No exposure to greed, extravagance, explicit sex: These are major problems with the media and our value systems, both of which have disconnected our children from reality.

Simplify your life and your family's life: Make your family's life more personal and less driven.

Get in tune with your real values and priorities: Get off the rollercoaster of materialism.

Source: CHILDREN’S HEALTH CARE OF ATLANTA, Georgia Dept of American Academy of Pediatrics and Department of Human Resources.

Tuesday, November 4, 2008

The Importance of Teaching Children Good Social Skills

Among other skill develpment options, it is noted that social skill is the most important among all. This post would help you learn the importance of teaching good social skills to children.

Your 4-year-old may already know how to tie their own shoelaces and spell out their first and last names. But as preschool looms around the corner, are you worried how well they’ll fit in with the rest of the classroom?

According to a nationwide survey conducted of 1,000 parents by Mom Central Inc. on behalf of Hasbro Inc., the majority of parents feel the same way with 90 percent considering social skills to be vital to their children’s happiness and confidence.

Nearly eight out of 10 parents also think social skills are more important than academic skills when it comes to their child’s overall happiness. As a matter of fact, parents gave social skills a higher ranking than academic skills on the survey in nearly every area of child development.

“More than ever, our children must get along with others to function effectively,” says Stacy DeBroff, chief executive officer of Mom Central, found at www.momcentral.com. “In this age of team sports and structured play, it has never been more critical for our children to master socialization skills. From children’s play groups to collaboration in the classroom, kids today engage in significantly more structured group activities, raising the profile and the necessity for good social skills.”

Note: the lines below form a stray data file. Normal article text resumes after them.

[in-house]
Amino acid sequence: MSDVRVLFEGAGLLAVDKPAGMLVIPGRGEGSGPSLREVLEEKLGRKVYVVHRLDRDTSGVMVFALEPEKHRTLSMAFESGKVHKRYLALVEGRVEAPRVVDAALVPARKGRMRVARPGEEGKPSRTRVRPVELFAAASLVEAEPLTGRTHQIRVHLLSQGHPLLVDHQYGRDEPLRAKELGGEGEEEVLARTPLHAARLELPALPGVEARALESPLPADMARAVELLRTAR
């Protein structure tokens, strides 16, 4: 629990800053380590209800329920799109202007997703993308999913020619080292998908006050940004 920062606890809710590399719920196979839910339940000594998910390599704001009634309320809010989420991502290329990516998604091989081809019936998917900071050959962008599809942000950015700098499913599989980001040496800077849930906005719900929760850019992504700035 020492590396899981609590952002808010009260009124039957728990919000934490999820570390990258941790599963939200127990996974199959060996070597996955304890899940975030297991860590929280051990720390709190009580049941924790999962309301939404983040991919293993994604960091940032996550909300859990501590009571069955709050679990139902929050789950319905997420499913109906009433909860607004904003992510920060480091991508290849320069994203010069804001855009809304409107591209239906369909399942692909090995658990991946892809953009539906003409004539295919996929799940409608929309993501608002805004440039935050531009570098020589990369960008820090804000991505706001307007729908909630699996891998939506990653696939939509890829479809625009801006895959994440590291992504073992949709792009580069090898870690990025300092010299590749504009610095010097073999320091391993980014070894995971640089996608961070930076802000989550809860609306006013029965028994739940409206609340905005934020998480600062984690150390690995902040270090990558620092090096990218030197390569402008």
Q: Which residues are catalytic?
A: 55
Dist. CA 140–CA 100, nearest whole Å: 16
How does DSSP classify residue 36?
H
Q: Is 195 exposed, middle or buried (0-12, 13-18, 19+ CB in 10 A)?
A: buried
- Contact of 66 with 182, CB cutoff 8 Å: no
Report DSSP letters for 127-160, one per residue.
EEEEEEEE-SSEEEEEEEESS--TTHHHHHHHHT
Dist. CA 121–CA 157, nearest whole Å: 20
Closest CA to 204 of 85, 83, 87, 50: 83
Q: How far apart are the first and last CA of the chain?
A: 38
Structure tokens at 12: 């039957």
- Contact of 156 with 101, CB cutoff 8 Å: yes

According to the survey, one in five parents feel overwhelmed with teaching social skills and more than one-third say that teaching social skills leads to frustration. In response, Stacy DeBroff has developed some tips parents can use to help their child learn social skills in a positive and reinforcing way:

* Lead by example.

Children are excellent observers. If they see Mom and Dad using polite language, sharing and being respectful, they will follow their parents’ guidance.

* Play with them in an educational way.

Children love to play games with their parents because it provides them with direct attention. Noodleboro by Hasbro is a new line of board games, which includes storybooks and audio CDs that nurture preschoolers’ social skills through laughter and play.

* Take a problem-solving approach.

If a situation becomes stressful, encourage your child to talk about the issues they might have with saying “please,” and “thank you” or sharing their toys with their friends. By allowing children to talk, they often discover for themselves what’s causing the problem while also coming up with unique ways in which they will be able to handle themselves.

“It’s more than just manners… it’s sharing, it’s listening, and it’s engaging with others. The Noodleboro games offer an innovative way to use a classic board game to reward and challenge kids as they learn valuable social skills,” says DeBroff.

Source: 'ARAcontent'

More resource and articles:
* Download pdf report: 'Discipline- teaching school age children social skills'

* How to Teach Your Child Social Skills

* At 'Self Growth: "How to Teach Your Child Social Skills?"